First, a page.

Confirm Action

Are you sure you wish to do this?

Confirm Cancel
Member Login
Site Notices
1/25/2018 7:38:29 AM
Posted: 8/20/2001 9:27:48 PM EST
I spent this weekend saying good bye to my grandfather, who may by the time you read this, have passed on. As I held his hand for the last time, it made me cry to think that the world was losing this man. I thought of all the things he'd taught me. I thought of how wonderful of a grandfather he'd been. I thought it was sad that no great grandkids would ever get to know him. My grandfather is my hero. He did not serve in the armed forces. He didn't fight any wars. He wasn't a super cop, a crime fighter, or anything out of the usual. He was a husband for 67 years. He was a father, who loved his family. He was a grandfather, who loved his grandkids. He was a farmer, who loved the earth, and worked with it until the day he couldn't take his wheelchair outside on his own anymore. He had hoped to outlive his grandmother, who made it to 87. He knew he wasn't going to last Wednesday, when he requested a cessation to his Dialysis.
Link Posted: 8/20/2001 9:35:10 PM EST
I find that I will miss him dearly, and think of all the times I should have gone to visit instead of screwing around with cars, guns, girls, and many other things that didn't matter as much. I think of all the things he taught his grandkids, including me. He taught me the value of life when he built a chicked coop and made me take care of the chickens for a summer. He taught how to drive a tractor when I was 7. He taught me to drive to the truck when I was 12. He showed me how to shoot a bow and arrow. He taught me how to shoot an air rifle. He taught me about irrigation. He taught me that investing wisely can make you money. He taught me that borrowed corn tastes better [:)] He taught me that a hard day's work is rewarding. He taught me about life. My brother and I delighted in our summer visits to the farm. We could dig holes and tunnels in the sandy dirt, and grandfather would come by and check to see what we'd done and give us some pointers. My brother and I would take turns shooting arrows across the fields to see who could make it back and forth in the fewest shots. My grandfather would then come out and shot an arrow over his tall sequioa tree in the front yard and ask us to try. I can't recall that either my brother or me ever did. One summer he made us take charge of the chicken coop. A most humbling experience for a 10 year old kid. He seemed invicible. He seemed afraid of nothing. And now, he is now teaching me about death. One of his favorite things to do is to twist knuckles. This is a compact version of mercy, where you interlock your middle fingers and twist till someone gives. As a kid I couldn't wait till the day I could finally make him give. That day came 8 years ago. He'd had a stroke the previous year, the first of many. Although his recovery was quite good, it still left a lasting impression. I of course wanted to twist knuckles when I saw him, and he obliged. This time was different, as I felt that I could twist harder than he was able to. I didn't want to win ever again. I knew then that he wasn't going to live forever. It was a sad day for me. His doctor always finds him amazing in that he was still alive and kicking for the last few years. Although my grandfather never drank or smoked, he had high blood pressure. In spite of treatment for most of his life, his kidneys succumbed late last year. He is too old to get a transplant so he went onto dialysis. Here was a man that had survived the great depression, two serious car wrecks, one that left his right leg only able to bend 20 degrees, experimental surgery in the 60's for high blood pressure, and having four daughters.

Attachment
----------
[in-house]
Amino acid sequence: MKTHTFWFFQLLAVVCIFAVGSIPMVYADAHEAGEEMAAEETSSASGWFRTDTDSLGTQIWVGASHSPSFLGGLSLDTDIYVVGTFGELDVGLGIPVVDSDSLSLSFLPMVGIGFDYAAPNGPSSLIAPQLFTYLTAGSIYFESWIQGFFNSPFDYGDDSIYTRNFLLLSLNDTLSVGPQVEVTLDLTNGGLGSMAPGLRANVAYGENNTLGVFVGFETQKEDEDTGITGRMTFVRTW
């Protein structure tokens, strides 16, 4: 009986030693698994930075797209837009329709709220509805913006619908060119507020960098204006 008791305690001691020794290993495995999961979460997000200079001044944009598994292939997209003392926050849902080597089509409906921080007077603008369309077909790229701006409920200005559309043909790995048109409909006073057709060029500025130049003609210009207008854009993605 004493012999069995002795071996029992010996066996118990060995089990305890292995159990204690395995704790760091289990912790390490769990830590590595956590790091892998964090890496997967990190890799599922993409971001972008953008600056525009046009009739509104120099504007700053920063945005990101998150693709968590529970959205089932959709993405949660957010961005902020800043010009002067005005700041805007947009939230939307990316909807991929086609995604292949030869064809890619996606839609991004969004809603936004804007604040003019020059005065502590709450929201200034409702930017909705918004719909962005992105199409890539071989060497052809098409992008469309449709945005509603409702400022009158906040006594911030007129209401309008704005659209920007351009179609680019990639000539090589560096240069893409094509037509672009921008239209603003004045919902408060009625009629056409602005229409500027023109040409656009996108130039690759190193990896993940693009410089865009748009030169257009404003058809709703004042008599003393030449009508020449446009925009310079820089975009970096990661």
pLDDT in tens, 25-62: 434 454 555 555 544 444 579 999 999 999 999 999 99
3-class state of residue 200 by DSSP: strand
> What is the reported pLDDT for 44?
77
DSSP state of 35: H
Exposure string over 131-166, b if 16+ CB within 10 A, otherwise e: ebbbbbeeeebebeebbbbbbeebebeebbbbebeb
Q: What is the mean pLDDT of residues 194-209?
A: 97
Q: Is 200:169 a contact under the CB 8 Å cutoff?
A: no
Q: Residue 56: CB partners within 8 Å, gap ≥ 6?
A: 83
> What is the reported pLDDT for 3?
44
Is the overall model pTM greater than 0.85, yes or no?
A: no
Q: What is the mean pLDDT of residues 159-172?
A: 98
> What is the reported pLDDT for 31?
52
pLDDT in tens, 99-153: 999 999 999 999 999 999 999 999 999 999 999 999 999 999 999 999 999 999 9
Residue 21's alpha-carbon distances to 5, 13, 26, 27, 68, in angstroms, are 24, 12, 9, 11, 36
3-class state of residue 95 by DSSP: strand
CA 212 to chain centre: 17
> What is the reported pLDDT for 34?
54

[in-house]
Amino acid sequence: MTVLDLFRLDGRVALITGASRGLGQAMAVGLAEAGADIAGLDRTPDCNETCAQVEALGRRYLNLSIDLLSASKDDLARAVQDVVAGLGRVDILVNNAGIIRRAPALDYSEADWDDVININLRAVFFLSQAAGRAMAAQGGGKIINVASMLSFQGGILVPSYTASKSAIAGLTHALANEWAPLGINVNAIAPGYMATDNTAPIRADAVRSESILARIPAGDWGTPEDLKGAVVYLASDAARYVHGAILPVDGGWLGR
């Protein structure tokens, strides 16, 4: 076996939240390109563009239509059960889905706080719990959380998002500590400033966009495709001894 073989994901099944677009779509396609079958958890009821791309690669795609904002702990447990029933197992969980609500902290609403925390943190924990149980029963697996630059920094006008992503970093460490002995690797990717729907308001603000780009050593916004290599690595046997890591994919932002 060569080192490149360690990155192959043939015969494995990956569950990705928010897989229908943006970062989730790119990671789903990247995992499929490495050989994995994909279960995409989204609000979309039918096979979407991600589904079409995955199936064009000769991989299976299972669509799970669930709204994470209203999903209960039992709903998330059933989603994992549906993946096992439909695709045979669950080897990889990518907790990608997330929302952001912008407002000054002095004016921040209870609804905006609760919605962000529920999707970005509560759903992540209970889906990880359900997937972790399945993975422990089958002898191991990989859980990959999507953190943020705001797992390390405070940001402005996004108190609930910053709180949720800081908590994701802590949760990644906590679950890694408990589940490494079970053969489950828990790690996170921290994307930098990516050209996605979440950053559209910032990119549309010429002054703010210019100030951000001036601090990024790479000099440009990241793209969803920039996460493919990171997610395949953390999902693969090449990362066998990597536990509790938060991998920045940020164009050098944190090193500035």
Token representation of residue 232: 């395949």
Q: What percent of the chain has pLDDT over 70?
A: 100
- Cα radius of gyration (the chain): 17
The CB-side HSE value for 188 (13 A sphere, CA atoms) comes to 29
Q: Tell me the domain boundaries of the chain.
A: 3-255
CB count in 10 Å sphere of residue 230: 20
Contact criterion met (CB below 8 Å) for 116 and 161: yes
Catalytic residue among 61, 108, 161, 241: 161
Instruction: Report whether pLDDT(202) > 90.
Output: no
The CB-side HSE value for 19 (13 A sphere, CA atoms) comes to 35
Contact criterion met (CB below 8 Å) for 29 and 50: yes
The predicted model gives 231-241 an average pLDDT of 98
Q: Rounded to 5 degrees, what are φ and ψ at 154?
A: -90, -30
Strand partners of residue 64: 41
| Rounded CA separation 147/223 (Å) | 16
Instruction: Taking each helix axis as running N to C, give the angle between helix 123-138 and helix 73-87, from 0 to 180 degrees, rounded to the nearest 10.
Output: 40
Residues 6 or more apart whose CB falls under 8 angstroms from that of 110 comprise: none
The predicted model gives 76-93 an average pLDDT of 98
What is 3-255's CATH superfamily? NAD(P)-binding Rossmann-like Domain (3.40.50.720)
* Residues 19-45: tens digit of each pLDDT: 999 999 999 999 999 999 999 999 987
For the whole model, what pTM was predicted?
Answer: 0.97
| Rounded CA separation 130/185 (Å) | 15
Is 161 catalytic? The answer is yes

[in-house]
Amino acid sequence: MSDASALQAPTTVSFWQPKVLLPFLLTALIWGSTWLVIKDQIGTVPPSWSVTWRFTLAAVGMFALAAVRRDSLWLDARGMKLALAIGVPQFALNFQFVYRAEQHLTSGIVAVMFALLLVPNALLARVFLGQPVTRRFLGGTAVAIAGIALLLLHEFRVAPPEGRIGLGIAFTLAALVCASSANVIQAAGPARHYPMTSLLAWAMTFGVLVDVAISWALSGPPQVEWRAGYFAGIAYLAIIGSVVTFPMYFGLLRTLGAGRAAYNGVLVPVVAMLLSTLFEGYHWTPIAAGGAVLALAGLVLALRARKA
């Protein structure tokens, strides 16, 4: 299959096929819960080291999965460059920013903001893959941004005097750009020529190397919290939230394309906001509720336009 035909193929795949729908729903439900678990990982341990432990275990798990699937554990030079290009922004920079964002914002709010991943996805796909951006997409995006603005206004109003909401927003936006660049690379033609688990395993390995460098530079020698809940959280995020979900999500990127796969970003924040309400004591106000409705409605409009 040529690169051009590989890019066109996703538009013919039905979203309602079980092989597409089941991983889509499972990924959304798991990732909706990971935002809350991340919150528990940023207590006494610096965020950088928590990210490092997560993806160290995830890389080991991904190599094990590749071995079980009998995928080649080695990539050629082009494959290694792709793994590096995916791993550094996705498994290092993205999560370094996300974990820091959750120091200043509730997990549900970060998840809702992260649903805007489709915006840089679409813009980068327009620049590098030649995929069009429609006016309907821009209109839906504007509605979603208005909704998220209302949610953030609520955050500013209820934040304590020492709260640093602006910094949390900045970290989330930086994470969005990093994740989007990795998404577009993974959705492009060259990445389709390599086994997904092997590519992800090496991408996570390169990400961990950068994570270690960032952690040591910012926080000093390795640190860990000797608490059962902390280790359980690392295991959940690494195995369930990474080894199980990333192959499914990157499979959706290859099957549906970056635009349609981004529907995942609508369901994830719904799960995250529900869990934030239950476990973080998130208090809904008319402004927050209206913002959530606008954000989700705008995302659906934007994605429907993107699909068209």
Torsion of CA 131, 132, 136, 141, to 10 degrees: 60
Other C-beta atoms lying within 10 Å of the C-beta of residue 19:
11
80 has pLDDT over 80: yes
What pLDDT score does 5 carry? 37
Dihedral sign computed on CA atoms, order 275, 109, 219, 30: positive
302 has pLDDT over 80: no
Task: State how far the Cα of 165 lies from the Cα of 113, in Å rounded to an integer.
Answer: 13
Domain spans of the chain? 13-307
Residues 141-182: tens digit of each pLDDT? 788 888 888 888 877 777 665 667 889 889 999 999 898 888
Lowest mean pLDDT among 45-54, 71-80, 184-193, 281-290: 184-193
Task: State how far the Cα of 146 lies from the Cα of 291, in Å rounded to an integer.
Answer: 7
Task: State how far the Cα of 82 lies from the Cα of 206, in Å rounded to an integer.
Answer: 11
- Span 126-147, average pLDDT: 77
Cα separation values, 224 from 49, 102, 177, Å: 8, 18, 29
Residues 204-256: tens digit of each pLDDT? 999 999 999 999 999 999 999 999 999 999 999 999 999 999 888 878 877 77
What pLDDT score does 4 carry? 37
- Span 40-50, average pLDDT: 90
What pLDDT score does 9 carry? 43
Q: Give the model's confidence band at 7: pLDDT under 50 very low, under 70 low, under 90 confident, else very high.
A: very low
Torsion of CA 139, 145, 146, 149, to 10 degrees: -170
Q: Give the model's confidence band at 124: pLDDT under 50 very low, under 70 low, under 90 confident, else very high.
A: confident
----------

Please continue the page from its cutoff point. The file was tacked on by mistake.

Link Posted: 8/20/2001 9:36:50 PM EST
Lately, he's been having more problems, and finally he has had to be confined to bed. Last Tuesday, he asked for his minister. After they talked and prayed, my grandfather spoke with his children and wife, and asked to be removed from dialysis. From Wednesday, he was given between 7 to 10 days to live at the longest. After 3 to 4 days, he would fall into a coma due to the buildup of toxins in his body. After that, organ failure would start to occur, until he passes. He will be given pain medication throughout to ease his passing. My brother and I drove down this weekend to see him for the last time. He reached up to twist knuckles with my brother one last time, but didn't have the strength to twist mine. We got to talk to him for a few intermittent minutes as he dozed off and woke up. It's hard to believe that he is scared. He wakes up occasionally and wants someone to be there with him. It's hard to believe that this man, who once stood 6'3", is now shriveled and resting in a bed from which he can't lift himself. It's hard to watch him be fed, since he can't do it himself anymore. It's hard to watch my aunts, my mom, and my grandmother try not to cry in front of him because they want his last time withthem to be happy. I will shed tears when I get the news that he's gone, because part of me will go with him. I hope someday, if I'm a grandfather, that I will somehow measure up and be half the man my grandfather was. He is my grandfather. He is my hero.
Link Posted: 8/20/2001 9:54:49 PM EST
Sorry sfoo. [:(] Remember he lives on through all the things he taught you.
Link Posted: 8/20/2001 9:57:13 PM EST
Very touching - stay strong.
Link Posted: 8/20/2001 10:04:25 PM EST
[Last Edit: 8/20/2001 10:00:43 PM EST by Troy]
Link Posted: 8/20/2001 10:40:21 PM EST
Very sorry I lost my Grandfather when I was eleven due to bowl cancer and miss him to this day. Alex
Link Posted: 8/21/2001 5:10:08 AM EST
Link Posted: 8/21/2001 5:15:28 AM EST
The greatness of a man is not in the wars he has won but in the faces of the ones that love him. By: me at my Grandad's death bed. Sorry
Link Posted: 8/21/2001 6:33:42 AM EST
Top Top